The artist describes the process as “slow”, using no artificial lighting and gradually adjusting the poses of the models. Dugan tells subjects to wear whatever they feel comfortable in, although the artist prefers more neutral clothes without logos.
A guardian, identified as Oskar, arrives in makeup and jewelry. âHe’s really into fashion,â says Dugan. “I see what he’s presenting himself in and I respond to it.”
Other photographs shown at SLAM are self-portraits, including a moody monochrome at the Angad Arts Hotel, where Dugan wears a navy blue top and stands against a rich blue wall. And a few are indoor still lifes. In a photograph of a bed and a table, morning light shines through a window as in a painting by Vermeer.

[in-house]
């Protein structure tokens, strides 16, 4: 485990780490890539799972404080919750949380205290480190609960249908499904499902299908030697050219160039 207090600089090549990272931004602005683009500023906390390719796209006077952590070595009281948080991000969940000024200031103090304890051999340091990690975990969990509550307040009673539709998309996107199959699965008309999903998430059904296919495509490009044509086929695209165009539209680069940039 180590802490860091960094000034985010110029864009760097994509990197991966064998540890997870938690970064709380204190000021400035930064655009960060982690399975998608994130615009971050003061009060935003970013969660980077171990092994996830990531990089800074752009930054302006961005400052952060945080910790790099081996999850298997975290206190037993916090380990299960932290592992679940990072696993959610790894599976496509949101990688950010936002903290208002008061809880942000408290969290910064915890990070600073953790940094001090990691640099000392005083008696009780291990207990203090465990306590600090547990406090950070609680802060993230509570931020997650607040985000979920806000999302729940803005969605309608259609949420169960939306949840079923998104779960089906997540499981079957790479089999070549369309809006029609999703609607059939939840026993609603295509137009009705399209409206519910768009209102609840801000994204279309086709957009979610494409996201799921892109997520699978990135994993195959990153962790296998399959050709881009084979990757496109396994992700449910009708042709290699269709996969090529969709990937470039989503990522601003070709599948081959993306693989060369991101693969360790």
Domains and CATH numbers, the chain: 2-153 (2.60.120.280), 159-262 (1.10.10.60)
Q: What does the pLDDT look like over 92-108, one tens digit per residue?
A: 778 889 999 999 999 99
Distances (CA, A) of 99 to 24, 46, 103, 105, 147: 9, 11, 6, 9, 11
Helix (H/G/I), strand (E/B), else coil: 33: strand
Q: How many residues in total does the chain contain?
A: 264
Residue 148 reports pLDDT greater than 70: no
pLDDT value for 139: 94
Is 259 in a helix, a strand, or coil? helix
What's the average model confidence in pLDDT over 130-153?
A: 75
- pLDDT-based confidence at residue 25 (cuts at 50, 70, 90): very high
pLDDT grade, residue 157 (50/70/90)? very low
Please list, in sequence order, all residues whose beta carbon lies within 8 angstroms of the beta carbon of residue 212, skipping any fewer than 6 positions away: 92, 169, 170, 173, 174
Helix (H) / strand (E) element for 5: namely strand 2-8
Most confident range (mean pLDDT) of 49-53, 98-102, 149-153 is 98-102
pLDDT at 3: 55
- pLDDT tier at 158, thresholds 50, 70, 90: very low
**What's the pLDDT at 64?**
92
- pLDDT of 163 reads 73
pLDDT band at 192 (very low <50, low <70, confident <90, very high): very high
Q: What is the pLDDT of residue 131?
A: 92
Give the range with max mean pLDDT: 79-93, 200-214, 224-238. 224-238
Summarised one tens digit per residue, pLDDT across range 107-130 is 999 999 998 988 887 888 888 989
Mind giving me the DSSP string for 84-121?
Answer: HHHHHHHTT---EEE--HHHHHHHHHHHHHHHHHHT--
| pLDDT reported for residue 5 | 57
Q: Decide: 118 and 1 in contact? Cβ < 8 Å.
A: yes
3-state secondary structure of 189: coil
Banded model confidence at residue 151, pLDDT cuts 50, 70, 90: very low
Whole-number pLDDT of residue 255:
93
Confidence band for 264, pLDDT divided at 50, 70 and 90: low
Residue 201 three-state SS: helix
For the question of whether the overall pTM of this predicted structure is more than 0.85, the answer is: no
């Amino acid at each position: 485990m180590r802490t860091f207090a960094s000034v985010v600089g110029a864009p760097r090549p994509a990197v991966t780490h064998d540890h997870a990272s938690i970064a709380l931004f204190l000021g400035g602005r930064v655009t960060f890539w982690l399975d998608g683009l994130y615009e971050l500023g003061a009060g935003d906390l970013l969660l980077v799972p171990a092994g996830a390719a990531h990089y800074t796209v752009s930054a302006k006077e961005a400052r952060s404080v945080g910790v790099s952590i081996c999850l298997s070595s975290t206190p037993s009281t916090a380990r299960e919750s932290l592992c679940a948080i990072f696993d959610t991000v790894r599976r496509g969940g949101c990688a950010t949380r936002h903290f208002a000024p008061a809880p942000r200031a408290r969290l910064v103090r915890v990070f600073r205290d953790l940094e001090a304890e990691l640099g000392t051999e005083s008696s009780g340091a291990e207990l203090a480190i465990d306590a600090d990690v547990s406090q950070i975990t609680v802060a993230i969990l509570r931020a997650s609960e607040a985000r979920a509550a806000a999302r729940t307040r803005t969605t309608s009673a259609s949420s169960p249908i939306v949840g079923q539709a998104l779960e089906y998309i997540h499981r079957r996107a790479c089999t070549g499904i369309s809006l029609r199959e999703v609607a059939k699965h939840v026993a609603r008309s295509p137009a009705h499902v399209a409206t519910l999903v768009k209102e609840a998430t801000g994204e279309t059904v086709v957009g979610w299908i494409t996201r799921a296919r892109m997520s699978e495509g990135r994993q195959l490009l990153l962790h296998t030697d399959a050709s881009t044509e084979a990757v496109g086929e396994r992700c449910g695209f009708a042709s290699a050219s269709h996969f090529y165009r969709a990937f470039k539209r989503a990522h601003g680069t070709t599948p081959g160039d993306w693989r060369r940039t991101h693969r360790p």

âIt puts the history of art on a photograph,â says Lutz.
Dugan grew up in Little Rock, Arkansas, and moved at age 13 with their mother to Boston, where they dated gay (a “wonderful place to be a teenager and come of age”).
Now Dugan lives with their partner and 3-year-old daughter near Tower Grove Park, which they used to exercise, play and work during the pandemic. âI spent many hours a day there for a long time. “
Vanessa Fabbre, an associate professor at the Brown School of Social Work at the University of Washington, met Dugan while dancing in a country line in Chicago, where the photographer was earning an MFA at Columbia College.